Atomistic models of amorphous solids enable us to study properties that are difficult to address with experimental methods. We present a study of two amorphous semiconductors with a great technological importance, namely a- Si:H and a-SiN:H. We use first-principles density functional theory (DFT), i.e. the interatomic forces are derived from basic quantum mechanics, as only that provides accurate interactions between the atoms for a wide range of chemical environments (e.g. brought about by composition changes). This type of precision is necessary for obtaining the correct short range order. Our amorphous samples are prepared by a cooling from liquid approach. As DFT calculations are very demanding, typically only short simulations can be carried out. Therefore most studies suffer from a substantial amount of defects, making them less useful for modeling purposes. We varied the cooling rate during the thermalization process and found it has a considerable impact on the quality of the resulting structure. A rate of 0.02 K/fs proves to be sufficient to prepare realistic samples with low defect concentrations. To our knowledge these are the first calculations that are entirely based on first-principles and at the same time are able to produce defect-free samples. Because of the high computational load also the size of the systems has to remain modest. The samples of a-Si:H and a-SiN:H contain 72 and 110 atoms, respectively. To examine the convergence with cells size, we utilize a large cell of a-Si:H with a total of 243 atoms. As we obtain essentially the same structure as with the smaller sample, we conclude that the use of smaller cells is justified.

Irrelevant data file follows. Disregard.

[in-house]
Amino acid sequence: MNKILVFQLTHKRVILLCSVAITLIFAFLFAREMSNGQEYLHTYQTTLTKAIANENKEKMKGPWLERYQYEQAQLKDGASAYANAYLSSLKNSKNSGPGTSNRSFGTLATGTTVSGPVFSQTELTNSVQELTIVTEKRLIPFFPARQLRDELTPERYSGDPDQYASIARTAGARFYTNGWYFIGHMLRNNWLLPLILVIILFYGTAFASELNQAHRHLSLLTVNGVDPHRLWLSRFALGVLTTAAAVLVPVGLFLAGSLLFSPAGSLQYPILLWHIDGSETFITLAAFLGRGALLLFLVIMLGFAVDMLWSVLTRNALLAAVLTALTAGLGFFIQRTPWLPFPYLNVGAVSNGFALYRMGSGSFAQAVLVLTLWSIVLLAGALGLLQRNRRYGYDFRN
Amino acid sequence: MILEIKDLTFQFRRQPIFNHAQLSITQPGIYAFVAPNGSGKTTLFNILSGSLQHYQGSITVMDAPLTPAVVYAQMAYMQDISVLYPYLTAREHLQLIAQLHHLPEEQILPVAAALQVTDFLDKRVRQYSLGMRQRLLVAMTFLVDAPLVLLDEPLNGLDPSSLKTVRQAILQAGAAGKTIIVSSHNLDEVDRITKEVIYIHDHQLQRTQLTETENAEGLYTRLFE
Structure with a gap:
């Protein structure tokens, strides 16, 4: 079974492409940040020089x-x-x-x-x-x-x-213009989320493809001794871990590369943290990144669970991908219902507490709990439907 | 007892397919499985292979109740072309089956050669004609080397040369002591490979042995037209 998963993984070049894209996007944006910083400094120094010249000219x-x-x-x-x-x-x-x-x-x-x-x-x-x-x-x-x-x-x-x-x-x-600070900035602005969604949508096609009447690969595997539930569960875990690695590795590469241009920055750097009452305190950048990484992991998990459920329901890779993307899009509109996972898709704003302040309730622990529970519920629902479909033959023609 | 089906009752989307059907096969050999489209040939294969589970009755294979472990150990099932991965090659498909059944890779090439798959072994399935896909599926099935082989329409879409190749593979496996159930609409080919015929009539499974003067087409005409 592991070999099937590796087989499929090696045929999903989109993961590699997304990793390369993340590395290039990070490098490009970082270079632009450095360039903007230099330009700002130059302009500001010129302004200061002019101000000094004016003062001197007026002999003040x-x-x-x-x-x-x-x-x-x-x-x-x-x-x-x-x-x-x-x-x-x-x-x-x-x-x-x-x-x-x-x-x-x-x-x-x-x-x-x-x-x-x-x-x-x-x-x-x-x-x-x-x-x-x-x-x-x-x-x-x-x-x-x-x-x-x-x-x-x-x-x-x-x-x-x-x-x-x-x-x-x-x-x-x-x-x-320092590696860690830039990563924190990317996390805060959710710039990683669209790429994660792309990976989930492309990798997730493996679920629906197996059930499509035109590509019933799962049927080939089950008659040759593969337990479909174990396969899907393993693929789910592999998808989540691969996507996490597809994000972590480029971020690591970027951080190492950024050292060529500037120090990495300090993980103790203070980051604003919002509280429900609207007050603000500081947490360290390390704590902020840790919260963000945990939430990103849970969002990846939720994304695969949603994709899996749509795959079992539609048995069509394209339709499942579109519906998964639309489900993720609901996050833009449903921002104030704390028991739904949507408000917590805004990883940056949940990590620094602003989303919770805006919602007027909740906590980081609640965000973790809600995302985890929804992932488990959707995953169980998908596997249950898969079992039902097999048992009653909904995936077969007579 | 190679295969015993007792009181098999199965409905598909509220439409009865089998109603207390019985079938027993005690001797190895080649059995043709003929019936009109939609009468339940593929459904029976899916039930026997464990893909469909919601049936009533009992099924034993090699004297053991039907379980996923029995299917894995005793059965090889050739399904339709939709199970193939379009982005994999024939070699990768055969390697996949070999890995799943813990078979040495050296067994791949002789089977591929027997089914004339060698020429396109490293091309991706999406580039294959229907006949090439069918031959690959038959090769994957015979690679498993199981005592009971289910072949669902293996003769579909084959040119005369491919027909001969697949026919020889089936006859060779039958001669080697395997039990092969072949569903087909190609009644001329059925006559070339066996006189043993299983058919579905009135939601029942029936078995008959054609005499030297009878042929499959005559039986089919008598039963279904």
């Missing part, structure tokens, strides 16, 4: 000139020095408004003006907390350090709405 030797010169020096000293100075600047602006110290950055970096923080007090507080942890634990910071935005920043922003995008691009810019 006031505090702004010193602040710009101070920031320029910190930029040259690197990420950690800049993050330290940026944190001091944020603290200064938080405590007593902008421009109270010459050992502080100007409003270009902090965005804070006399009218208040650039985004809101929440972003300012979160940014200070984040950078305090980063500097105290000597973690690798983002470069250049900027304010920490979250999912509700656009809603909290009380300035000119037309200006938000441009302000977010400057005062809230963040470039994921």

Although creating structures without any defects is important, on the other hand a small number of defects can give valuable information about the structure and electronic properties of defects in a-Si:H and a-SiN:H. In our samples we observe the presence of both the dangling bond (undercoordinated atom) and the floating bond (over-coordinated atom). We relate structural defects to electronic defect states within the band gap. In a-SiN:H the silicon-silicon bonds induce states at the valence and conduction band edges, thus decreasing the band gap energy. This finding is in agreement with measurements of the optical band gap, where increasing the nitrogen content increases the band gap.